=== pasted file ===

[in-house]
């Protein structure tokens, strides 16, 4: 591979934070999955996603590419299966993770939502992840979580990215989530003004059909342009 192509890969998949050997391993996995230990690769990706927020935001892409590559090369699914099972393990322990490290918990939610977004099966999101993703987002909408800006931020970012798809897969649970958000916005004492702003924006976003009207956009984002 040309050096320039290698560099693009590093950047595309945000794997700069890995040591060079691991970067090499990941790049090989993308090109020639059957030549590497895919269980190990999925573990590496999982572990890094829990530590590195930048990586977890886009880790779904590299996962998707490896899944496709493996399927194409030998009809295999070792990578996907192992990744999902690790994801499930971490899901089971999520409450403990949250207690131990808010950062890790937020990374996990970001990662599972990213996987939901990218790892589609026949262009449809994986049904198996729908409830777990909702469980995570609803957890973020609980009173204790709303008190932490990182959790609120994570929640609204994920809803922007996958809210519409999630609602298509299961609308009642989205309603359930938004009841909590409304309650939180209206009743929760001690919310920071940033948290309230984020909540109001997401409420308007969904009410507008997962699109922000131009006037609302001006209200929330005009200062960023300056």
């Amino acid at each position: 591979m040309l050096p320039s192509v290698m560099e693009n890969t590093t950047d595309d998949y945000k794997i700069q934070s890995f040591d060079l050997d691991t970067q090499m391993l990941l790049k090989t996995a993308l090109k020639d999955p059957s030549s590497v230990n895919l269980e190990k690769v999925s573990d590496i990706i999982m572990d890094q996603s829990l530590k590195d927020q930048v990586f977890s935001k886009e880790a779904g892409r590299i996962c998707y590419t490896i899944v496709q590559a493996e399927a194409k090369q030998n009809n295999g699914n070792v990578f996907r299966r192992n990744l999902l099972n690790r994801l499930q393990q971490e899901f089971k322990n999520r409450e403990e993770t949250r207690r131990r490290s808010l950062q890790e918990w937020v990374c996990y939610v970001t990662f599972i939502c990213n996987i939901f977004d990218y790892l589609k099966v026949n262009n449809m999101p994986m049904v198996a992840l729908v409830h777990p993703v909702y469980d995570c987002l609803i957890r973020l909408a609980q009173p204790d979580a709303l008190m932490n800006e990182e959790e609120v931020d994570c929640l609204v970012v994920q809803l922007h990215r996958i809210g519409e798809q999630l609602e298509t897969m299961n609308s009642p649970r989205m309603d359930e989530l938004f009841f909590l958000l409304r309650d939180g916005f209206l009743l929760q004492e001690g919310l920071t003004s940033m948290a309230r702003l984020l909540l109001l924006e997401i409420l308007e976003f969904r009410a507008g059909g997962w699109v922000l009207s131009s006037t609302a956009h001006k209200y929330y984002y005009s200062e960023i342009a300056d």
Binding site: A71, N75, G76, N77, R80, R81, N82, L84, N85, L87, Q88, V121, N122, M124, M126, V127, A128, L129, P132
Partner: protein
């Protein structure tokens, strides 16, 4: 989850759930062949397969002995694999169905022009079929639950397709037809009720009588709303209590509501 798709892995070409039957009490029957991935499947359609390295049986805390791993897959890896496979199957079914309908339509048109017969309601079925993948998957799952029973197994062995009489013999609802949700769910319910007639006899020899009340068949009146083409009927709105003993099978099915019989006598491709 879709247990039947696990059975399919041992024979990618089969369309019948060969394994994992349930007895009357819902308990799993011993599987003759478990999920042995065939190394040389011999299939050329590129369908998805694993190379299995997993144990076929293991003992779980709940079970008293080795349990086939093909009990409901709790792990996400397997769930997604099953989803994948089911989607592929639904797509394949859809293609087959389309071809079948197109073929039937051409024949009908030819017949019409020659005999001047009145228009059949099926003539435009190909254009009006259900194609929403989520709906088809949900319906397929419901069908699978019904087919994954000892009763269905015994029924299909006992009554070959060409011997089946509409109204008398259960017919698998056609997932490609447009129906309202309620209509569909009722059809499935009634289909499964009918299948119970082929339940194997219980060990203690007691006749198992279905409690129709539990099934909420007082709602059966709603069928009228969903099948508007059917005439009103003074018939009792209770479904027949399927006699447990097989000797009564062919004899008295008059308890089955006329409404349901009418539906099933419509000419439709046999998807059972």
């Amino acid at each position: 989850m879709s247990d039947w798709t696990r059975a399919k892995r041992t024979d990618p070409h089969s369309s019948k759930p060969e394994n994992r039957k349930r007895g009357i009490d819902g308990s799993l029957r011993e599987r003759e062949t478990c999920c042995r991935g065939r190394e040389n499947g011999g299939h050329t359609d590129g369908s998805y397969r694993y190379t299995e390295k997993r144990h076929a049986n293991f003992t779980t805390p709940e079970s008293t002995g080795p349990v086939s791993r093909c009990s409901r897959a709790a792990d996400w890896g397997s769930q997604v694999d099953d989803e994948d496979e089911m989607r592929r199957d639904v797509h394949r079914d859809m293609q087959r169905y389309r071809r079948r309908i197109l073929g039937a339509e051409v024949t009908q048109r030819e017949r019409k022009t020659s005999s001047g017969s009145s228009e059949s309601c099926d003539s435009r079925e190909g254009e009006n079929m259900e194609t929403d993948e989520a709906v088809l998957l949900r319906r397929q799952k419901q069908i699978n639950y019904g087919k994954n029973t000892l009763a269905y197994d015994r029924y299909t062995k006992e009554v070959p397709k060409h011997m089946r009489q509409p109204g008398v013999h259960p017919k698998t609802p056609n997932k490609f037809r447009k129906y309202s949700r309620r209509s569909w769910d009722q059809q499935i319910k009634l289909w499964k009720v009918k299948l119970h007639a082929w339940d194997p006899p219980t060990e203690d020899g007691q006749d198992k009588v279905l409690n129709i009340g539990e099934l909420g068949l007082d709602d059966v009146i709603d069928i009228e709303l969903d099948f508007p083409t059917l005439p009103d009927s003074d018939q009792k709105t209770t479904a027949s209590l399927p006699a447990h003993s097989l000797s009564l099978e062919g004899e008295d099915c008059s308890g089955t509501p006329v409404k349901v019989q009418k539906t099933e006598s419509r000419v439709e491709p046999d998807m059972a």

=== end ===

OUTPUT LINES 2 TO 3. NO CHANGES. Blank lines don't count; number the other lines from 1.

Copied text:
């Protein structure tokens, strides 16, 4: 591979934070999955996603590419299966993770939502992840979580990215989530003004059909342009 192509890969998949050997391993996995230990690769990706927020935001892409590559090369699914099972393990322990490290918990939610977004099966999101993703987002909408800006931020970012798809897969649970958000916005004492702003924006976003009207956009984002 040309050096320039290698560099693009590093950047595309945000794997700069890995040591060079691991970067090499990941790049090989993308090109020639059957030549590497895919269980190990999925573990590496999982572990890094829990530590590195930048990586977890886009880790779904590299996962998707490896899944496709493996399927194409030998009809295999070792990578996907192992990744999902690790994801499930971490899901089971999520409450403990949250207690131990808010950062890790937020990374996990970001990662599972990213996987939901990218790892589609026949262009449809994986049904198996729908409830777990909702469980995570609803957890973020609980009173204790709303008190932490990182959790609120994570929640609204994920809803922007996958809210519409999630609602298509299961609308009642989205309603359930938004009841909590409304309650939180209206009743929760001690919310920071940033948290309230984020909540109001997401409420308007969904009410507008997962699109922000131009006037609302001006209200929330005009200062960023300056």
């Amino acid at each position: 591979m040309l050096p320039s192509v290698m560099e693009n890969t590093t950047d595309d998949y945000k794997i700069q934070s890995f040591d060079l050997d691991t970067q090499m391993l990941l790049k090989t996995a993308l090109k020639d999955p059957s030549s590497v230990n895919l269980e190990k690769v999925s573990d590496i990706i999982m572990d890094q996603s829990l530590k590195d927020q930048v990586f977890s935001k886009e880790a779904g892409r590299i996962c998707y590419t490896i899944v496709q590559a493996e399927a194409k090369q030998n009809n295999g699914n070792v990578f996907r299966r192992n990744l999902l099972n690790r994801l499930q393990q971490e899901f089971k322990n999520r409450e403990e993770t949250r207690r131990r490290s808010l950062q890790e918990w937020v990374c996990y939610v970001t990662f599972i939502c990213n996987i939901f977004d990218y790892l589609k099966v026949n262009n449809m999101p994986m049904v198996a992840l729908v409830h777990p993703v909702y469980d995570c987002l609803i957890r973020l909408a609980q009173p204790d979580a709303l008190m932490n800006e990182e959790e609120v931020d994570c929640l609204v970012v994920q809803l922007h990215r996958i809210g519409e798809q999630l609602e298509t897969m299961n609308s009642p649970r989205m309603d359930e989530l938004f009841f909590l958000l409304r309650d939180g916005f209206l009743l929760q004492e001690g919310l920071t003004s940033m948290a309230r702003l984020l909540l109001l924006e997401i409420l308007e976003f969904r009410a507008g059909g997962w699109v922000l009207s131009s006037t609302a956009h001006k209200y929330y984002y005009s200062e960023i342009a300056d």